Monday, June 15, 2009

"Indental Servitude"

I feel ashamed.


A total loss of control.

How can people do this to other people? Whither decency? Whither self-respect?

Maybe I’m over-reacting. You decide. I’m way too distraught.


Recently, the dentist I’d been seeing for twenty years decided to retire. And as dentists do, Dr. K – it’s really another letter, I’m protecting his identity with a fictitious last initial, though I’m not sure he deserves it – my dentist, Dr., let’s say, K, sold his practice to another dentist.

This is not unusual. “Practice selling” is an accepted procedure in the dental profession. In ways which I’ll mention shortly, this seems extremely strange. But maybe I’m just jealous. When I retired from writing for television, there was nothing I could sell.

“Would you like to buy my brain?”

“Don’t you need it?”

“Oh, yeah, I forgot. Never mind.”

When dentists sell their practices, partly what they’re selling is their inventory – the chair, the drill, the x-ray machine, the “spit sink”, the bibs, the big light, the “air hose”, the drawers full of pointy things they poke into your gums…

Dentists have a lot of paraphernalia. And that paraphernalia’s obviously worth something. Not to my retiring dentist. What is he going to do with a Cavitron machine? UPS guy brings a parcel to his house:

RETIRED DENTIST: “Hey, you got a minute? Come on in, I’ll blast some plaque off your teeth.”

They’re retired. They don’t do that anymore. But new dentists, they’re just getting started. And why buy a new Cavitron machine when you can pick up a used one that’s already broken in?

I fully understand that element of selling your practice. You’re selling your equipment. The weird part is that’s not all you’re selling. The retiring dentist is selling something else, something that’s considerably more valuable.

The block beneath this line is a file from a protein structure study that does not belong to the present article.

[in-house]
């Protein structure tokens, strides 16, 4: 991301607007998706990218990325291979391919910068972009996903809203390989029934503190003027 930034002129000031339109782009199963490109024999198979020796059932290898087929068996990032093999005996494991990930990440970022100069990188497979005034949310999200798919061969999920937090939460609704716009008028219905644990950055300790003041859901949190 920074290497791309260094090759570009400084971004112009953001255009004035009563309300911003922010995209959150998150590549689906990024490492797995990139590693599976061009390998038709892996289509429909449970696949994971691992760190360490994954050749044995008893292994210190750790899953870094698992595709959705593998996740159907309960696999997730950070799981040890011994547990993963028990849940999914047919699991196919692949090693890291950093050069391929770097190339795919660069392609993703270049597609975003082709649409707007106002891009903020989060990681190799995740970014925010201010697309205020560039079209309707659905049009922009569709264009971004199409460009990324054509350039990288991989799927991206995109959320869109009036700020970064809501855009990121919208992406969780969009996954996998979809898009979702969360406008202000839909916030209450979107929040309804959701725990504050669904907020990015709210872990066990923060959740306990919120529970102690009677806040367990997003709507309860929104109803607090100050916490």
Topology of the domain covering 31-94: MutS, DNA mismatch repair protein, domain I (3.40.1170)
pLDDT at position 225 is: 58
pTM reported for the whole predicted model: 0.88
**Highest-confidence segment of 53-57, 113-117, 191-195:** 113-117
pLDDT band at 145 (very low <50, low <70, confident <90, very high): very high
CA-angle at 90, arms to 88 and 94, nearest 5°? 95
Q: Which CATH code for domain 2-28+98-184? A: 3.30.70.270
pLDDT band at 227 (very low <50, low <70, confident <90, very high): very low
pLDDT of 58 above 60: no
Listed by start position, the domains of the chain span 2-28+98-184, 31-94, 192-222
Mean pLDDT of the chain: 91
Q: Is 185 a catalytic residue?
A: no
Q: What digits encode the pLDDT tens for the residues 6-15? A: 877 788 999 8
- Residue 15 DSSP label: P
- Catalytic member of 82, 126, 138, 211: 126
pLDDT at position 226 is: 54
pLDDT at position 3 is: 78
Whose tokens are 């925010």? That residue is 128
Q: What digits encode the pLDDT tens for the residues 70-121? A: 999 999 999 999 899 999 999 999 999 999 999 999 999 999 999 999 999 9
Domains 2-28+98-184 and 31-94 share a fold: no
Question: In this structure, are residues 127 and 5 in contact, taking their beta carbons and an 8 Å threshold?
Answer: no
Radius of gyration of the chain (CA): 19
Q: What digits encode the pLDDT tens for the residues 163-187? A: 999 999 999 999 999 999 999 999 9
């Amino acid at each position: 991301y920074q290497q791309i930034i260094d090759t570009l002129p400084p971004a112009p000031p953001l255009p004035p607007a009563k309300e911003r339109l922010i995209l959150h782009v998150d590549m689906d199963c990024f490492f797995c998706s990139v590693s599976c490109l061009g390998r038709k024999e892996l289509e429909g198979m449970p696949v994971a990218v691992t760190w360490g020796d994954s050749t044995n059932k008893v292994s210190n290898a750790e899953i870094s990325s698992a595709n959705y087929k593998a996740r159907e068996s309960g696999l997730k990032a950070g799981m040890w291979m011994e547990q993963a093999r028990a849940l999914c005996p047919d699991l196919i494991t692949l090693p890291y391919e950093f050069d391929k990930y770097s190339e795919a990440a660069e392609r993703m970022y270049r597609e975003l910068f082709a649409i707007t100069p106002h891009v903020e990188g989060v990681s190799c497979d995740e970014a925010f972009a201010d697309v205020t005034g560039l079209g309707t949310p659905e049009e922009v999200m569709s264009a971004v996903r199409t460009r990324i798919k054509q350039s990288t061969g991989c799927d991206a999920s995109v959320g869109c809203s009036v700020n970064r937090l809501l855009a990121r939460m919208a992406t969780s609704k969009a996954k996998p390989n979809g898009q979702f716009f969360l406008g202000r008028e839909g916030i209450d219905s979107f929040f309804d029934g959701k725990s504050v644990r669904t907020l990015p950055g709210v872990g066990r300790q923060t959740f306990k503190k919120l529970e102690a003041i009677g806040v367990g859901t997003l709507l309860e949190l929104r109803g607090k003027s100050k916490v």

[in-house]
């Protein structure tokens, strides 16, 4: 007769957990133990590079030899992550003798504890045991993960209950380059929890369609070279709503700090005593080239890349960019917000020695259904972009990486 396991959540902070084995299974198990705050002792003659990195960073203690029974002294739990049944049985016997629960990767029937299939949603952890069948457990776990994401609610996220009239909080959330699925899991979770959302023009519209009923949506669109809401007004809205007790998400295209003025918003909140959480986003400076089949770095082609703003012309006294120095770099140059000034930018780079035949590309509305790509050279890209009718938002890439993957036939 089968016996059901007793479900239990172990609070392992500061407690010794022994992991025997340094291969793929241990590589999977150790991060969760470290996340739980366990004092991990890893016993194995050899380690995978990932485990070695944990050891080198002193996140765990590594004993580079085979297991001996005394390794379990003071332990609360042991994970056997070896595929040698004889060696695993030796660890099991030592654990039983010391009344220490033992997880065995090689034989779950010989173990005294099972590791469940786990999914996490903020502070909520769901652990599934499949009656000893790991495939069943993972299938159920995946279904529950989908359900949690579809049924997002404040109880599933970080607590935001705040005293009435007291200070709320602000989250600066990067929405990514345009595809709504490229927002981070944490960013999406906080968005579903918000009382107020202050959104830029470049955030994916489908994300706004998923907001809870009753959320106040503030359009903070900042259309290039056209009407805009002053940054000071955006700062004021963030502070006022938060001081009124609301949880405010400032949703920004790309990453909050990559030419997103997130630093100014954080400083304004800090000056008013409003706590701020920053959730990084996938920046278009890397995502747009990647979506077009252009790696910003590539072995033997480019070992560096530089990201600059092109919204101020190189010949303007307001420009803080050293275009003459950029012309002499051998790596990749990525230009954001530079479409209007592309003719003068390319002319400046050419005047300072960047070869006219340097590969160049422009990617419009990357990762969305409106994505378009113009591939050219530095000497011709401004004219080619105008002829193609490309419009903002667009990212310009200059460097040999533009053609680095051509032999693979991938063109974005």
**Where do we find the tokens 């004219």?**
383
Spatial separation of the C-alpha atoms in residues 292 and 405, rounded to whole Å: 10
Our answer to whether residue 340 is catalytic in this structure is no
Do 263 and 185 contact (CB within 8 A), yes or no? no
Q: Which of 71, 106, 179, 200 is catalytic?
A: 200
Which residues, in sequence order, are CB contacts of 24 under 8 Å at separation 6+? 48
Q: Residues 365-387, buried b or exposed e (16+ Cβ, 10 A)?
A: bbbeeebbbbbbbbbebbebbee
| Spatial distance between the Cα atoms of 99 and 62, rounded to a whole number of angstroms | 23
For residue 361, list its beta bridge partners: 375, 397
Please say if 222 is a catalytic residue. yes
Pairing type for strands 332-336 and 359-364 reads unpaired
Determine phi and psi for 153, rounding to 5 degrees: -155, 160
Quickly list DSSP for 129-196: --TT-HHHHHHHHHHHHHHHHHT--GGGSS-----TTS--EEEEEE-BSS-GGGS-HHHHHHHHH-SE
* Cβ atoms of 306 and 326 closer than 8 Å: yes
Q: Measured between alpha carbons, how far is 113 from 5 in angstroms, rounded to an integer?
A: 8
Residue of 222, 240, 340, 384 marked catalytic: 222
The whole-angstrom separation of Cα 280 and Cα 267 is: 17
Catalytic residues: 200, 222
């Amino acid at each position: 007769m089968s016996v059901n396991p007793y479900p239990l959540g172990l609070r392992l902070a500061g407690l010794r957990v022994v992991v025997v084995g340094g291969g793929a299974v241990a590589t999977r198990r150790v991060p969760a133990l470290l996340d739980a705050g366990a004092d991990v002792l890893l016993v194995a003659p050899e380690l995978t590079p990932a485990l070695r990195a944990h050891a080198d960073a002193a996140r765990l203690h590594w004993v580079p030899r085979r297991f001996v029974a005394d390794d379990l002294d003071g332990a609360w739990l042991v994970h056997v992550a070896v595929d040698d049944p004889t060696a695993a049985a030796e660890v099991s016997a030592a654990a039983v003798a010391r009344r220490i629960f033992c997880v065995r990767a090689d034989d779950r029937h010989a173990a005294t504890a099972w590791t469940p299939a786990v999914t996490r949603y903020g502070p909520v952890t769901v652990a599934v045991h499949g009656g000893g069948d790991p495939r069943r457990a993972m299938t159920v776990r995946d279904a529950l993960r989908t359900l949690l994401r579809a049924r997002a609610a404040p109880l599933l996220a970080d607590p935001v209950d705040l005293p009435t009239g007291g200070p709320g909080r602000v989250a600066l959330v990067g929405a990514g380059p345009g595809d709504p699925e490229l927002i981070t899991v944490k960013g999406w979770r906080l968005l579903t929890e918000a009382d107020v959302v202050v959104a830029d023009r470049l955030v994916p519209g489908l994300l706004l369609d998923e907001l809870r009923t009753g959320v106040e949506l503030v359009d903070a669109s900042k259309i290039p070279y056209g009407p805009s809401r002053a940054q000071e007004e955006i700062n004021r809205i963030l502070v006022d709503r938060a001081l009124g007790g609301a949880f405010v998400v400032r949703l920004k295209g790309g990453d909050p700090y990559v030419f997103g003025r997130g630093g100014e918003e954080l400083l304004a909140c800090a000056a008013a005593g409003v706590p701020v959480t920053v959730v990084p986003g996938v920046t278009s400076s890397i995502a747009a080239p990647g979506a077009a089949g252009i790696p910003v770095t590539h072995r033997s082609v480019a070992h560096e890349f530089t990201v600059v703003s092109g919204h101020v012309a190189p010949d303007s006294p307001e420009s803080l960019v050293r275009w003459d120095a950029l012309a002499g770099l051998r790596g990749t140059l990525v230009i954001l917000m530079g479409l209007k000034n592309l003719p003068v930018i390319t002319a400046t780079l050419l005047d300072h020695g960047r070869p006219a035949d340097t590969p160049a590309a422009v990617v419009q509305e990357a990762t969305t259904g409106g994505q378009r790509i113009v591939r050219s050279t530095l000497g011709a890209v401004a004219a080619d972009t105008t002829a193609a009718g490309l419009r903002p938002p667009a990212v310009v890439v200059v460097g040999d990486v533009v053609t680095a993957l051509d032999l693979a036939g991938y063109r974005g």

They’re selling their patients.

Now think about this. Dental patients, who voluntarily came to one dentist, are being sold, without their being considered or consulted in any way, to a total stranger.

Am I the only one who finds this bizarre?

My dentist sold his practice to another dentist, and part of what he sold to that dentist

was me.

That just seems wrong.

You can’t sell people to other people.

That’s slavery, isn’t it?

“You’ve been sold.”

“Without my permission?”

“I don’t need your permission.”

That sounds like slavery to me.

I know this doesn’t come close to the really horrible version of slavery, but the process – being randomly transferred from one owner to another – is still very upsetting. I can imagine Seinfeld’s “Kramer”, under such circumstances, whimpering,

“I’ve been sold, Jerry.”

I’ve been sold.

I wonder what’s involved in this sale? How is the negotiation transacted? Do they sell us in bulk? Or do they haggle over our individual value:

“Pomerantz. Clenches his jaw. But he always pays on time. I’ll take a thousand.”

“Two hundred.”

“All right! But I hope he bites your finger!”

The unacceptability of transferring ownership of human beings obscures an almost equally troubling issue. Dentists aren’t interchangeable. Just because the new dentist will be working in the same office doesn’t mean that nothing has changed. Everything’s changed.